Tag Archives: code

Curly {braces} Matter!

Blocks like “if“, “for“, “while“, and “using” (and others) should always use the curly braces “{” and “}“.

Code is for humans to read, and compilers to compile. Right?

By properly adding these braces ahead of time before they are needed, you future-proof the code and make the code’s intention (the logic) clear to any future programmer (including yourself).

This is not from an OCD formatting-enthusiast perspective. This is from decades of experience with C# and other {}-like languages.

Sure, one liners do work and they do reduce the total count of lines, but they are prone to bugs that are not immediately apparent to other programmers, compilers, code formatters, or via indentation.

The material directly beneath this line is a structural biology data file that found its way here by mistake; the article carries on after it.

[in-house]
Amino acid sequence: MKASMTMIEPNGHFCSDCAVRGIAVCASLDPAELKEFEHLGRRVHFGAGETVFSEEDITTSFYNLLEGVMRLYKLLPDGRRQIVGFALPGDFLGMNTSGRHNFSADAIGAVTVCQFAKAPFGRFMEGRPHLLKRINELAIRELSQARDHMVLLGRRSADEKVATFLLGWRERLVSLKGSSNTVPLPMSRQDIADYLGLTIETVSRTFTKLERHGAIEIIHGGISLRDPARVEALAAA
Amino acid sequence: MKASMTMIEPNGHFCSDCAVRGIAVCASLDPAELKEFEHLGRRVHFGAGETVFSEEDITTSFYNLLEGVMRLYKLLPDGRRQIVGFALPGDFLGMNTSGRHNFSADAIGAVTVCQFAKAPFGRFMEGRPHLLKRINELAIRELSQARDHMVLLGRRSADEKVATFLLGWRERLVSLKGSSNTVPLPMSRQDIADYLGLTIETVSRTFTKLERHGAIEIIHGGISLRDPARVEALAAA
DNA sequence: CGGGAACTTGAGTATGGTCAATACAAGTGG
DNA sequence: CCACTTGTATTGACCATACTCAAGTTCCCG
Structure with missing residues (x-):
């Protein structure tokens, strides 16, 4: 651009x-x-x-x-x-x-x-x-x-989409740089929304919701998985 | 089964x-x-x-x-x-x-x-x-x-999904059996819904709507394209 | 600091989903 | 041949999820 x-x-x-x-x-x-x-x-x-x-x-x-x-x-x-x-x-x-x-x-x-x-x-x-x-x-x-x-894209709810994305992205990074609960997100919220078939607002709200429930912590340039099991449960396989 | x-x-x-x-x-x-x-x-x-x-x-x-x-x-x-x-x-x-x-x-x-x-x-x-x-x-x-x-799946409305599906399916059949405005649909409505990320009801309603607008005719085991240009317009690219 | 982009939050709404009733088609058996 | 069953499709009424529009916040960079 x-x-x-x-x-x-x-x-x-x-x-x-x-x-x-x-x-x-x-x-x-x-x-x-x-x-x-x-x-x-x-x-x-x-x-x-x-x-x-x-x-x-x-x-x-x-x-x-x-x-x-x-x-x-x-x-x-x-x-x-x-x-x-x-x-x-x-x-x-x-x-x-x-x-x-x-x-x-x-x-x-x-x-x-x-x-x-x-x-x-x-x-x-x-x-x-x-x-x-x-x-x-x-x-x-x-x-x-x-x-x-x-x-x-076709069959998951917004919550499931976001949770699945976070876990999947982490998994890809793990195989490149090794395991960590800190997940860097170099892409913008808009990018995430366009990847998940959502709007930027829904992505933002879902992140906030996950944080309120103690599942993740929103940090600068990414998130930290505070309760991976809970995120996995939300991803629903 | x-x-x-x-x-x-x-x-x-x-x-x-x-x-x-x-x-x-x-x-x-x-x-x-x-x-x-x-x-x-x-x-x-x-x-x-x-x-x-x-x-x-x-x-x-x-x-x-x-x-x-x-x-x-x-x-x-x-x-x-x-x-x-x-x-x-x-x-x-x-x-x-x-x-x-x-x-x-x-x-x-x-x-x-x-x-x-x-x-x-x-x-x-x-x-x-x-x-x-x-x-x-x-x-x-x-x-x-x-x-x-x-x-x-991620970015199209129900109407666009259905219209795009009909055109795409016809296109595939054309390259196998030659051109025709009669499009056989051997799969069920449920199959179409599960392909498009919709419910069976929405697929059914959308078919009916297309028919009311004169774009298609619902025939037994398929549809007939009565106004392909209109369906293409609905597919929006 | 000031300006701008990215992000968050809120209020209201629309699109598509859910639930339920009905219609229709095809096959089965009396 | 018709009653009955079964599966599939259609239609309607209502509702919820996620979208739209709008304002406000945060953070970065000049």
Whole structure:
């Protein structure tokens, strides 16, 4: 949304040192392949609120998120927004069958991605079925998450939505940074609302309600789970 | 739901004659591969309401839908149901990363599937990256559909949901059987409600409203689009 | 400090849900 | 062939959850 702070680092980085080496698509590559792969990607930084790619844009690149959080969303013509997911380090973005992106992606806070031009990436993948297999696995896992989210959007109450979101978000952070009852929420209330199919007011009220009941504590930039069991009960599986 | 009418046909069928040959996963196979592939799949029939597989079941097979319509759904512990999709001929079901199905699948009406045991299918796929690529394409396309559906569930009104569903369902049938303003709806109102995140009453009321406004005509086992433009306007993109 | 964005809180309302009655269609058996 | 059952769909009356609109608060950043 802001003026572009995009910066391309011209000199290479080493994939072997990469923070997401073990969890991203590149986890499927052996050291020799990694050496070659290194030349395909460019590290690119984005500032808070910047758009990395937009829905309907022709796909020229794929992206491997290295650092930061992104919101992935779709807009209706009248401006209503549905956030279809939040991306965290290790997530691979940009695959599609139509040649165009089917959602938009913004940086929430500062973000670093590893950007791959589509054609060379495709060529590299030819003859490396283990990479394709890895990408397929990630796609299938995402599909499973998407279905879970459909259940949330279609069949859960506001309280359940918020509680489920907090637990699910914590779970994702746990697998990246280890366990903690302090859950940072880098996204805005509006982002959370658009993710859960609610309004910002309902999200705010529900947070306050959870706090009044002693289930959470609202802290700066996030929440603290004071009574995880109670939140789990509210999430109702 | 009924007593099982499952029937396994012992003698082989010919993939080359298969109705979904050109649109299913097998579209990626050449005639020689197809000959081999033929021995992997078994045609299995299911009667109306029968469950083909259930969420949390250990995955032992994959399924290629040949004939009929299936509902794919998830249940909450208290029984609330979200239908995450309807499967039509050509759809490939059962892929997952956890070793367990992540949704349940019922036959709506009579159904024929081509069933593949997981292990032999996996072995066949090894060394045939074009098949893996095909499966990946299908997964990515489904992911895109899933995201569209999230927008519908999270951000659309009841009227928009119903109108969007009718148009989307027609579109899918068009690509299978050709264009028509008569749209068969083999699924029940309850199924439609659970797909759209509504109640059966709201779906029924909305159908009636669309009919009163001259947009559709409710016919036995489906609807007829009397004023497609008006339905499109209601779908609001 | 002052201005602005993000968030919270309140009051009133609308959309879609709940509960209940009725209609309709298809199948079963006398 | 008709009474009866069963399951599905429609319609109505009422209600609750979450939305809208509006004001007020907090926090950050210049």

If you use them, that is fine. Just be aware of the potential for issues in the future when someone edits the code.

BTW, If you can provide a reproducible example that causes C# code fail to compile, break, bug out, or crash by adding the proper braces, then please let me know! I’d greatly appreciate it.

Formatters cannot detect the original intent of the programmer. If even a single line of logic is missed (or ran when it should not), then the results of the function, method, or even the whole program could be affected.

Please, Do not write code to the lowest common denominator.

(I’ll link a gist if I ever get a better example completed.)
Here is a simplified example.

public static void RolRorRolRol( ref this UInt64 ul, Int32 n ) {
	if ( n > 2 )
		ul = ( ul << 3 ) | ( ul >> ( 64 - 3 ) );
	if ( ul < 10 )
		ul = ( ul << ( 64 - 4 ) ) | ( ul >> 4 );
	ul = ( ul << 5 ) | ( ul >> ( 64 - 5 ) );
	ul = ( ul << 6 ) | ( ul >> ( 64 - 6 ) );
}

Here is the “corrected” example.

public static void RolRorRolRol( ref this UInt64 ul, Int32 n ) {
	if ( n > 2 ) {
		ul = ( ul << 3 ) | ( ul >> ( 64 - 3 ) );
	}

	if ( ul < 10 ) {
		ul = ( ul << ( 64 - 4 ) ) | ( ul >> 4 );
		ul = ( ul << 5 ) | ( ul >> ( 64 - 5 ) );
	}

	ul = ( ul << 6 ) | ( ul >> ( 64 - 6 ) );
}